How gaming culture is being championed by women

It’s no secret that women are still widely underrepresented in the gaming industry, particularly when it comes to video and mobile game development

Whilst this has been historically accounted to the common misconception that gaming is a predominantly masculine hobby, women actually make up a significant amount of the industry, representing nearly half of hyper-casual gamers.

However, despite widespread industry erasure, there are many female figures and companies making efforts to challenge the male-dominated narrative and shine a light on the women who play a critical role in the development of games. And, particularly in the current climate, things are changing, fast. As video game writer Meghna Jayanth put it recently, the current pandemic could be pointing towards a more inclusive, accountable and better games industry: “Shifting online makes our spaces more accessible globally, opening up our talent pools to more diverse candidates, allowing for flexible working, which could account for neurodivergence, disabilities, caring responsibilities.”

Deep-rooted cultural change such as this isn’t something that can happen overnight, though, but being more vocal and shining a light on the women at the crux of gaming culture is a start.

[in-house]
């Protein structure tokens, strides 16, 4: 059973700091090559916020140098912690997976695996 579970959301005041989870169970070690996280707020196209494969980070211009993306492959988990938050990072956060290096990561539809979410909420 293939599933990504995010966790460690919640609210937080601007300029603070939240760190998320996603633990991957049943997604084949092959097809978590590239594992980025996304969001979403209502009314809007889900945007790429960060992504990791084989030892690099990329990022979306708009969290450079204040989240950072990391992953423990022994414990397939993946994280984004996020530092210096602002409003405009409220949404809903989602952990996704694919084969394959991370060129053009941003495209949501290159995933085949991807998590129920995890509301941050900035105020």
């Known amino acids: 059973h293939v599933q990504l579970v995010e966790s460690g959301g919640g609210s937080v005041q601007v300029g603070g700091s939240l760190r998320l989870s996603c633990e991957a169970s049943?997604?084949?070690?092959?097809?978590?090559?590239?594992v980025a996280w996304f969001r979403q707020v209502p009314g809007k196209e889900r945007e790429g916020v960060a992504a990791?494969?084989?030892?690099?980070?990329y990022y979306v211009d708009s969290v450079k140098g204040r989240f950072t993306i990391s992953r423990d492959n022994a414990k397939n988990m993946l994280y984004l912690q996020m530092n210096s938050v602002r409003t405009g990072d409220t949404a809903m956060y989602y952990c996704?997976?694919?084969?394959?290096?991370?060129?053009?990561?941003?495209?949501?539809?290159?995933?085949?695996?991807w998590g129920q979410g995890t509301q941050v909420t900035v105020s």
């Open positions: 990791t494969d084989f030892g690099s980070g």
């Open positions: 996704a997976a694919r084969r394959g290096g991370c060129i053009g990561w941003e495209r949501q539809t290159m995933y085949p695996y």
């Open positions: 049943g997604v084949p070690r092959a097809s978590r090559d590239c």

Teaching diversity and inclusion

Last year, at the Games Developers Conference in California, industry expert and panel host Stephanie Fisher began by stating; “I belong to a lost generation of women who played games growing up, but for a myriad of reasons didn’t think they could have a career in this industry”. As someone who has direct experience being a female in the gaming industry, it can certainly feel like the odds are against you. 

However, I have seen positive changes over the years. I’ve worked in companies where the atmosphere was completely friendly, and where I felt on equal terms from the very beginning. The industry has generally become more diverse since I started out; two-thirds of the UK’s game development workforce is aged 35 or under, and 28% are women. At Gismart, 40% of our staff are women. 

There is another side to the coin as well; many employers nowadays are more open-minded when it comes to recruiting women especially behind the scenes, whereas before, it was clear that they wouldn’t always necessarily even let them get to the physical interview stage. Being able to foster an accepting environment is so important; the opportunities I’ve received in recent years have been unparalleled, like participating in creating Cool Goal! game which has achieved the number one spot in the app store in 55 countries and been downloaded over 60M times. I’m so thankful that I am a part of a team that doesn’t hire on the grounds of preconceived notions of gender, but on peoples’ ability to make games. 

Progressive doesn’t mean unproblematic